The growth of technology in modern times has changed the ad buying and selling world. The traditional concepts of manual ad insertions and publishing have been replaced by demand-side platforms (DSPs) and supply-side platforms (SSPs).
According to a latest market study report, in the coming five years, the DSP market is predicted to register 26.3% CAGR in terms of revenue with the global market size of DSP estimated to reach US 31.3 billion dollars by 2024.
The article walks you through the major components of a DSP, how work is carried out using it, the benefits and possible cons of the technique.
Meaning of Demand-Side Platform (DSP)
As per BuiltWith report, 396,458 websites in the top 1 million websites are utilizing some form of DSP and DoubleClick Bid Manager (now known as “Display & Video 360”) being one of the most popular of the DSP.
A DSP is a software system that lets ad buyers to buy and bid in real-time to show their online ads and manage their ad inventories. The ability to choose which ad to purchase enables advertisers to target their intended customer circles.
Similar to a paid search, DSP lets users optimize their strategies using a preferred benchmark such as eCPA or eCPC. Taking over some of the functions of advertising networks, such as serving ads, DSP offers much more including real-time bidding, ads tracking, vertical and lateral tracking, all typically within one platform.
With so much on offer, many third parties are now integrating it directly into their system to allow better tracking and management. In today’s article, we discuss the various facets of the demand-side platform.
As per a study by emarketer, following are the key criteria for purchasing a DSP services:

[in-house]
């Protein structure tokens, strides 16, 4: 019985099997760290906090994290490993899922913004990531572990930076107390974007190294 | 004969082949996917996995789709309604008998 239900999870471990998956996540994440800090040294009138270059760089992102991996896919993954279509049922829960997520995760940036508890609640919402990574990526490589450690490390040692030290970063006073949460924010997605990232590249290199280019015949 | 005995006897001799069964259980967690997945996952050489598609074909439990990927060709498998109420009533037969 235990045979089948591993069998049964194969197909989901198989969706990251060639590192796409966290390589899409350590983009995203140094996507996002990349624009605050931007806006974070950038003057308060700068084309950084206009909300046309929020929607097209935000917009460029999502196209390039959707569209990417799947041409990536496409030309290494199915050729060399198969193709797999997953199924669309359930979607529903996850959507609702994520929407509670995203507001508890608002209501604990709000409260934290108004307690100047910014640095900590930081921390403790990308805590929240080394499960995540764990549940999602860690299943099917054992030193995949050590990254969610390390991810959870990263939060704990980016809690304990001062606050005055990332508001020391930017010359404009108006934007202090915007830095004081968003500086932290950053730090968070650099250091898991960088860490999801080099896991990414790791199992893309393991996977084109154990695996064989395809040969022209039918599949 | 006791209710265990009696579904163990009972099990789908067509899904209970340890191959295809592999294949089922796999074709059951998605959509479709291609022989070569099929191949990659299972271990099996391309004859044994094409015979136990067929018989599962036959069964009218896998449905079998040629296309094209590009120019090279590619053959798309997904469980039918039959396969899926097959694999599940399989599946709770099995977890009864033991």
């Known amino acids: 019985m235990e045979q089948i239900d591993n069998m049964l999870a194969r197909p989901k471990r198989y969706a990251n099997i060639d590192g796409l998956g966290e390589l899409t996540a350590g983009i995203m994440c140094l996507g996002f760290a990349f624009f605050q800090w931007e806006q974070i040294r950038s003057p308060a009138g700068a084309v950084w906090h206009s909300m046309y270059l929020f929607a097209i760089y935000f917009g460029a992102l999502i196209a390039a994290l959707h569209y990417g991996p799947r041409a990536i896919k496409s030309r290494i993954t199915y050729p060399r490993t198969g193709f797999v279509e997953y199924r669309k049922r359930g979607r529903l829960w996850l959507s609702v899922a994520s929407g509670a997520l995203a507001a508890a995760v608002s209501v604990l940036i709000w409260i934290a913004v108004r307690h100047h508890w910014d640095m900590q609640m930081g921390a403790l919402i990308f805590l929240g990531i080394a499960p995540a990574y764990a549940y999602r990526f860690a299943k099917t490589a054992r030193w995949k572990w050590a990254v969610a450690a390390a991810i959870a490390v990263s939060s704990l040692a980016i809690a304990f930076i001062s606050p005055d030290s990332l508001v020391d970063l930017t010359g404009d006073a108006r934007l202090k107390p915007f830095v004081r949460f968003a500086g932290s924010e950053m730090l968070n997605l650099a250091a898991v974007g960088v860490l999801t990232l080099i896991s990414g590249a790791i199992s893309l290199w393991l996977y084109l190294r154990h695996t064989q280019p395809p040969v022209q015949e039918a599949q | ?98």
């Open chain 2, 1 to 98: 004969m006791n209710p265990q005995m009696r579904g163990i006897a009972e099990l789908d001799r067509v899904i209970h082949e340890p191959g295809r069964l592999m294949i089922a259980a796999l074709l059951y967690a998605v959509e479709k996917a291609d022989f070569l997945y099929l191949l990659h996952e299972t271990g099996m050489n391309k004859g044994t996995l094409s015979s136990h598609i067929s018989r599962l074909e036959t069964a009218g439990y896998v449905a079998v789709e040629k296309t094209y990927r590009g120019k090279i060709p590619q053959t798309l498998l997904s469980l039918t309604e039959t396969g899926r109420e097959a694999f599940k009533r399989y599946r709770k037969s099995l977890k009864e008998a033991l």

- Audience scale or reach
- Targeting capabilities
- Reporting features
- User interface
Since DSPs follow programmatic advertising approach, let us first start by understanding how programmatic advertising works.
What is programmatic advertising?
Programmatic advertising is the process that DSP follows to buy and sell ads with the help of software and after that publishing them in various ad spaces using complex and sophisticated algorithms.
As per another study conducted by emarketer, “In 2018, programmatic fees made up 34% of nonsocial programmatic display spending, totaling $9.86 billion. That figure grew 18.1% this year, and we predict it will grow 15.4% in 2020 to $13.44 billion.” (Reference: emarketer.com)
There are two sub-processes involved in programmatic advertising:
1. Real-time bidding (RTB)
With the help of RTB, you can specify your target customers and the amount you want to spend. After that, a competitive auction bidding takes place amongst you and all the other advertisers looking to buy the same ad.
The next step is to show the ad to the potential customer who lands on your page. Before the page fully loads for him, the algorithm decides which advertisement will be most suitable for him by using his IP address, browsing history, and other factors.
In the last step, the agency with the highest bid wins the placement, and the ad is visible as soon as the page loads fully.